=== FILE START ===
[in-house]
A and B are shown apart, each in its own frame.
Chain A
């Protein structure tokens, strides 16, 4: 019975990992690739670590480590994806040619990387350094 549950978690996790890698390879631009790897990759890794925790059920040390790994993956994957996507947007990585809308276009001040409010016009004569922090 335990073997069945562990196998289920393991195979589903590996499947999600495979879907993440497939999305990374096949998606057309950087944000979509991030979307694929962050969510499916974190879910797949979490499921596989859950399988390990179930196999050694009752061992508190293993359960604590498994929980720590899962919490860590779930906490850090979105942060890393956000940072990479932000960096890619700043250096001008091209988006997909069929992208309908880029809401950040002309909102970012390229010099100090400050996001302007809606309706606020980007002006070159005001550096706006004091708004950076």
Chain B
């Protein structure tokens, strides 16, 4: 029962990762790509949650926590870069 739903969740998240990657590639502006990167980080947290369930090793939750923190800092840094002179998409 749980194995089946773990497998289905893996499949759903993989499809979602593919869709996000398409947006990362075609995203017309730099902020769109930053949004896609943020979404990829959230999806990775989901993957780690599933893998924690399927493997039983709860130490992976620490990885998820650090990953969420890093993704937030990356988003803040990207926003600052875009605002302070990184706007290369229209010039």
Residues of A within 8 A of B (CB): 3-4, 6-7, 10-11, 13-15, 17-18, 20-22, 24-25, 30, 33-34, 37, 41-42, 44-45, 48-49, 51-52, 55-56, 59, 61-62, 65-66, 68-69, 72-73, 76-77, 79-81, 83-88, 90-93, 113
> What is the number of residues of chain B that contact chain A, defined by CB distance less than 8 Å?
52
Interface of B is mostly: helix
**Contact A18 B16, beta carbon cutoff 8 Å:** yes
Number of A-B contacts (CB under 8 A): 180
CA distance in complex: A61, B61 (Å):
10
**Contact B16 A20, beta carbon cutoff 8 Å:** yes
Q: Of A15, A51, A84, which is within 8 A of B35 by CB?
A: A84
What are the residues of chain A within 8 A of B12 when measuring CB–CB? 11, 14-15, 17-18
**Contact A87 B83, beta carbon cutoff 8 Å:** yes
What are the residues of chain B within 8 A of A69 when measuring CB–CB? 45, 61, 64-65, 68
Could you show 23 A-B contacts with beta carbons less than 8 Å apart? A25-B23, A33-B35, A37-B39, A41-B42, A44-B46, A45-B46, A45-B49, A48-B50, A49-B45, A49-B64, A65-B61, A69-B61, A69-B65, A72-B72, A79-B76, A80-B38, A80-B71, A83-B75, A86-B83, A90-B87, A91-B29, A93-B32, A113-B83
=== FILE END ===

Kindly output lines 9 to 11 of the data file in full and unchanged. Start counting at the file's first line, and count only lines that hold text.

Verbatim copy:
52
Interface of B is mostly: helix
**Contact A18 B16, beta carbon cutoff 8 Å:** yes